Randolph Johnson, Gettysburg's African American Civilian Soldier " Piles Hot Lead "

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JPK Huson 1863

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forbes pursuit emmitsbrg rd crop.jpg

Edwin's Forbe's depiction of the long pursuit from Gettysburg. Who knew a small part in the departure of Lee's army from Northern soil would be played by a black civilian?

We have a statue to civilian combatant John Burns, his civilian combatant brother in law Andrew Hagerman lost his life shouldering a rifle defending Hagerstown. Civilians pitching in during the summer of July, 1863 are great stories- missed this one. Saved a snip from a Hathitrust book, with a note " Randolph Johnson, African American Civilian ". Problem is, lost the book title so have no clue what soldier from which regiment is speaking.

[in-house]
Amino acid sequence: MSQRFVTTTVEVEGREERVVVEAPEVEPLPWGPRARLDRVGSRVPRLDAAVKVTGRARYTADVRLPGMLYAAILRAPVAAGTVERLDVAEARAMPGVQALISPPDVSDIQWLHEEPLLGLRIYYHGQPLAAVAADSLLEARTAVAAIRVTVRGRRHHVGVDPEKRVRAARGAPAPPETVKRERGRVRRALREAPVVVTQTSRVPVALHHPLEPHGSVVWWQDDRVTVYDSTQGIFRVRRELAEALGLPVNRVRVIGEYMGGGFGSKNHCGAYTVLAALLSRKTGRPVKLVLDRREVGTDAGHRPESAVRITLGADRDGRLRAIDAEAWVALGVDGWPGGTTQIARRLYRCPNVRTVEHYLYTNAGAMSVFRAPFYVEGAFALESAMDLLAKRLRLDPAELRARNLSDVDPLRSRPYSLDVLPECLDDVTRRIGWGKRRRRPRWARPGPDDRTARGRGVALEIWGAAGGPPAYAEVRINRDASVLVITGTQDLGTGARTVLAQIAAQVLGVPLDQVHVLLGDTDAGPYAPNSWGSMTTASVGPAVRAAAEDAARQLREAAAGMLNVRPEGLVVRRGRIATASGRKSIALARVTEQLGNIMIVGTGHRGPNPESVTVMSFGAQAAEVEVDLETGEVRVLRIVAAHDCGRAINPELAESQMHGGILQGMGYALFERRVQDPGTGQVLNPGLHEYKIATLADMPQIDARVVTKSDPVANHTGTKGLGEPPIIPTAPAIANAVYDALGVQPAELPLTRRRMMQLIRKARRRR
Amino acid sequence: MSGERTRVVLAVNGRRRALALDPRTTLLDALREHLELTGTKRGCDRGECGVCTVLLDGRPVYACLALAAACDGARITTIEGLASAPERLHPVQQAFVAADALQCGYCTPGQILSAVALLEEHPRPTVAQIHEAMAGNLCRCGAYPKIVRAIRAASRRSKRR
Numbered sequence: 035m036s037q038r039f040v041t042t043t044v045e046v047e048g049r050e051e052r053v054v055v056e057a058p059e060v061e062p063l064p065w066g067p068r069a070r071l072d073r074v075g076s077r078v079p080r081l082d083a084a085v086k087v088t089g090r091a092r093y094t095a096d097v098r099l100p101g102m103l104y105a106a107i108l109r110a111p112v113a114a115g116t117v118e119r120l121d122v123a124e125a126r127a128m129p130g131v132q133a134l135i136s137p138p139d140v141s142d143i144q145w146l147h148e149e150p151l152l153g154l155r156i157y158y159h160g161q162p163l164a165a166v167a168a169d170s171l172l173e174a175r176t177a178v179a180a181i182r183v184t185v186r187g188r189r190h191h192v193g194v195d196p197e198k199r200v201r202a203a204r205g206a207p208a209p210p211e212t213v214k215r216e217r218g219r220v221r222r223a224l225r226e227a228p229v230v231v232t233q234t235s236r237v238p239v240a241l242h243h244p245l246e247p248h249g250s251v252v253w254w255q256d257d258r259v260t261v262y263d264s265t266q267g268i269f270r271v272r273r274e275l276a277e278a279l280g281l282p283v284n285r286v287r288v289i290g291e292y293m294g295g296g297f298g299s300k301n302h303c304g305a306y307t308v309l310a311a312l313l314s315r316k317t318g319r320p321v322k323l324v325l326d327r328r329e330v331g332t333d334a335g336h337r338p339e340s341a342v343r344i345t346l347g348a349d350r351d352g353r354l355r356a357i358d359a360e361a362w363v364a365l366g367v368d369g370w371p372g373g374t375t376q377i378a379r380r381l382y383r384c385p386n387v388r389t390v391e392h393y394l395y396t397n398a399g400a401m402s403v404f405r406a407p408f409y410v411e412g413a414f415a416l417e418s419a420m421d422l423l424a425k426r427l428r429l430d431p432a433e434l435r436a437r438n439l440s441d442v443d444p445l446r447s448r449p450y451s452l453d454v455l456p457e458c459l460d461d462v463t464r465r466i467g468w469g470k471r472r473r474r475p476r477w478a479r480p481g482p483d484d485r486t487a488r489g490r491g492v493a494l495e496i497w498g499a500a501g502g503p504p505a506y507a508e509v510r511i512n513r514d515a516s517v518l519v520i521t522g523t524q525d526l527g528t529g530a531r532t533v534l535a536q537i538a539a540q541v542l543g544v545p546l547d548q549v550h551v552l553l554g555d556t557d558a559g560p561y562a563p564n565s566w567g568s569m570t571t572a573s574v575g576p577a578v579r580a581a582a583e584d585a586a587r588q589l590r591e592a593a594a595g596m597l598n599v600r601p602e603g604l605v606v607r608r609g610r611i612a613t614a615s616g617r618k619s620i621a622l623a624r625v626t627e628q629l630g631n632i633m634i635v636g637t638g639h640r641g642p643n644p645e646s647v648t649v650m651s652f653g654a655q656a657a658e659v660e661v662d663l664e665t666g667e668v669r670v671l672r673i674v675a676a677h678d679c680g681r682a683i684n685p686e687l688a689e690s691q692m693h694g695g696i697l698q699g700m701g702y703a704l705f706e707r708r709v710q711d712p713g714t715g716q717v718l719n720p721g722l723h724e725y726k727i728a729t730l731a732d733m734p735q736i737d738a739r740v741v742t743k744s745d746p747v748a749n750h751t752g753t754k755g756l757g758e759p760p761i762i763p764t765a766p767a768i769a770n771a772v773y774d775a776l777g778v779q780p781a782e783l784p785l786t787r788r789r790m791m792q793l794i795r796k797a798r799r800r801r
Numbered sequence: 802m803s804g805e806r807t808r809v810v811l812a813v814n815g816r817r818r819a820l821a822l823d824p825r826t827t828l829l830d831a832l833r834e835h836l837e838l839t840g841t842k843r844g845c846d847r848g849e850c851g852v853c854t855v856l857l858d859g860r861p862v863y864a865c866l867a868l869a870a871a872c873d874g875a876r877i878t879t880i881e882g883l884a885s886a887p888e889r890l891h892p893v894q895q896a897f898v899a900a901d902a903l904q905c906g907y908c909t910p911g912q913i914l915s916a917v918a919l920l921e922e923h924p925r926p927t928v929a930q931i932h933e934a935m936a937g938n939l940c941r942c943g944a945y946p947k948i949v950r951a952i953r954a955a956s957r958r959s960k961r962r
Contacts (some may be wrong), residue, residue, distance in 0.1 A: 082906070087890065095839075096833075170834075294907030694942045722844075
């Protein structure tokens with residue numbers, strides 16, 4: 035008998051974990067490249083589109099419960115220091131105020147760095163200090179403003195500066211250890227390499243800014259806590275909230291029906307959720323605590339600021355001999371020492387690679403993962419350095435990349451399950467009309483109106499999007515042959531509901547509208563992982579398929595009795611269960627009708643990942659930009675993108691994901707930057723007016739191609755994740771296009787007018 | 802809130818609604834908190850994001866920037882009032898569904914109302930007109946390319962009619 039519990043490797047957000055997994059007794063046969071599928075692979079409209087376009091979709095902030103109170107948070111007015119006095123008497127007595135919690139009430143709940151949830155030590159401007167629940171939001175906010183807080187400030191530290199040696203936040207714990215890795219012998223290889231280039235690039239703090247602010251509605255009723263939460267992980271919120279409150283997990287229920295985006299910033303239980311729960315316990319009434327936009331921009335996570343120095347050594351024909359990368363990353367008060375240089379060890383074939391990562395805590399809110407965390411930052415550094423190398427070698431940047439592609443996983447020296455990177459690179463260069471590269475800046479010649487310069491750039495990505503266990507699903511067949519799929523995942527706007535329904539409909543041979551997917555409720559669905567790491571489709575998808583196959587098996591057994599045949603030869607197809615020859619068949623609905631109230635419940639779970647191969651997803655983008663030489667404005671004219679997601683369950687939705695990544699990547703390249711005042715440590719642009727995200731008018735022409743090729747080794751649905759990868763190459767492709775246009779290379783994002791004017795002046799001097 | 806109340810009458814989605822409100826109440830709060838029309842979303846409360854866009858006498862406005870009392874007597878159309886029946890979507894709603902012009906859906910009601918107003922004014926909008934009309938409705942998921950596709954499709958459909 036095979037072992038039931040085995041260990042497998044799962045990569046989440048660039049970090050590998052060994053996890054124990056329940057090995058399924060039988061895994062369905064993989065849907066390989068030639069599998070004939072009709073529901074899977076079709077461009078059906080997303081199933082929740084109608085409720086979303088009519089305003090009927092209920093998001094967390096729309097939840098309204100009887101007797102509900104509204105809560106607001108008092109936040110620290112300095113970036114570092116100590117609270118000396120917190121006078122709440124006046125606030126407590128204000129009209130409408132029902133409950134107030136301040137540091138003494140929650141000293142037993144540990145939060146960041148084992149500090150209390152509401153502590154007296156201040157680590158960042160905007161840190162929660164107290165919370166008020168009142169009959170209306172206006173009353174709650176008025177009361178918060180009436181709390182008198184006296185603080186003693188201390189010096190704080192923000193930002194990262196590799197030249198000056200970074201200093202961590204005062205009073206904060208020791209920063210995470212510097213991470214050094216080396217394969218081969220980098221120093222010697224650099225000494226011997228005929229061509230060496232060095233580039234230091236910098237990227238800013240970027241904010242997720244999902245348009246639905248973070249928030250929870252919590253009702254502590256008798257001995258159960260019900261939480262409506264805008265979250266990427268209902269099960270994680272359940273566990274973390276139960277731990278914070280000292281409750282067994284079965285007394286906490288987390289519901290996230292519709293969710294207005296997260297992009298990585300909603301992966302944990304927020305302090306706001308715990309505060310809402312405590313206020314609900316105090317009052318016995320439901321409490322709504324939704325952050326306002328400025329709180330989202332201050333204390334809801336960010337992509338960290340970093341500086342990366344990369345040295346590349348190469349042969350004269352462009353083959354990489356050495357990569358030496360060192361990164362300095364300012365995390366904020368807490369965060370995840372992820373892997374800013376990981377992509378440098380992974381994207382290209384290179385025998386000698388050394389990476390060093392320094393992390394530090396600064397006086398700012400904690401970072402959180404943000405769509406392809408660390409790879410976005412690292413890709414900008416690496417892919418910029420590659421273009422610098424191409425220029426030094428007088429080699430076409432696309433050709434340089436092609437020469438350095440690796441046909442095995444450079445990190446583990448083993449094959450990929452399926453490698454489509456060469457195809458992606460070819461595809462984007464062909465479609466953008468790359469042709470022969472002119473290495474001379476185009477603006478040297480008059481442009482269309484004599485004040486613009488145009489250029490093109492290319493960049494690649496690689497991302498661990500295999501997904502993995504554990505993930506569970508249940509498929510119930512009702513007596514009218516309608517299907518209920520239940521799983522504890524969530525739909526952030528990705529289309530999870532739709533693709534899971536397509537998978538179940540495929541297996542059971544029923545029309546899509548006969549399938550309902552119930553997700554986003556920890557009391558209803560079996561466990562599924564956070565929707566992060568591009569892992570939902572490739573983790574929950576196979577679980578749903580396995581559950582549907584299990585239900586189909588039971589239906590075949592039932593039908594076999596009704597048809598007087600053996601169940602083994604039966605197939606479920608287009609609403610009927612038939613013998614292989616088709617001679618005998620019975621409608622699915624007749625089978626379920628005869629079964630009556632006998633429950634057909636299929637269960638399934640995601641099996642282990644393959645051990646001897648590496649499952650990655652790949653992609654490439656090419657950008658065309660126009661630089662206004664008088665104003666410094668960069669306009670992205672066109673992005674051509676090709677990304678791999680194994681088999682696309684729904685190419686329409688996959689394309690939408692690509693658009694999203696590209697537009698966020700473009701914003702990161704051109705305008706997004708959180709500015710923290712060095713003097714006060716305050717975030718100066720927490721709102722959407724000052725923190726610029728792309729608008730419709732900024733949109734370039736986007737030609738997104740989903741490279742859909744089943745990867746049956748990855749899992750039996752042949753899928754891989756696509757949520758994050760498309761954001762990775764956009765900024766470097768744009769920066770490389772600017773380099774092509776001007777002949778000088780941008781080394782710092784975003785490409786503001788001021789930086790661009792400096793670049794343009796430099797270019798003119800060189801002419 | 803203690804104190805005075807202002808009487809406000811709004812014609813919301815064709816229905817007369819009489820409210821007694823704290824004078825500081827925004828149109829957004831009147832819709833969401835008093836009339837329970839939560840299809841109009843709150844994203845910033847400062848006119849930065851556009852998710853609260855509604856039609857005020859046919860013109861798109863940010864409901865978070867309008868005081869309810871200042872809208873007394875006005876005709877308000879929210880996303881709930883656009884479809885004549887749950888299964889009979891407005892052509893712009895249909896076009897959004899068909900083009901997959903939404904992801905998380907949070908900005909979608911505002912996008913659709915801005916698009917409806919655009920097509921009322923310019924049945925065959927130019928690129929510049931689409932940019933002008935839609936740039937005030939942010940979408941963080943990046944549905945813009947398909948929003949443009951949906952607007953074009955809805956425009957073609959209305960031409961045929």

johnson randolf book.jpg


1860 census for Gettysburg contains the Johnson family, ' mulatto ', Upton, Rebecca, Dorson, Randolf and Charles S. Randolph is described in his tavern application as ' colored '; census lists as mulatto.

johnson randolf 1860 census 2.JPG


Randolph applied for and was granted a tavern license in 1867, so an active member of the community. The Johnsons seem involved in their church, civil groups and Randolph seems irked by the invasion, July 1863. Hazardous, a black citizen remaining in town during the invasion much less picking up a gun!

Does anyone know anything more of Randolph, please? 22 at the time, seems a little likely he or his brothers ended up USCT.
johnson randolf 1860 census.JPG
 
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Kurt G

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I remember reading this same story in one of my books . It always intrigued me and that single reference is all I ever found . As I recall this took place on or near Culp's Hill .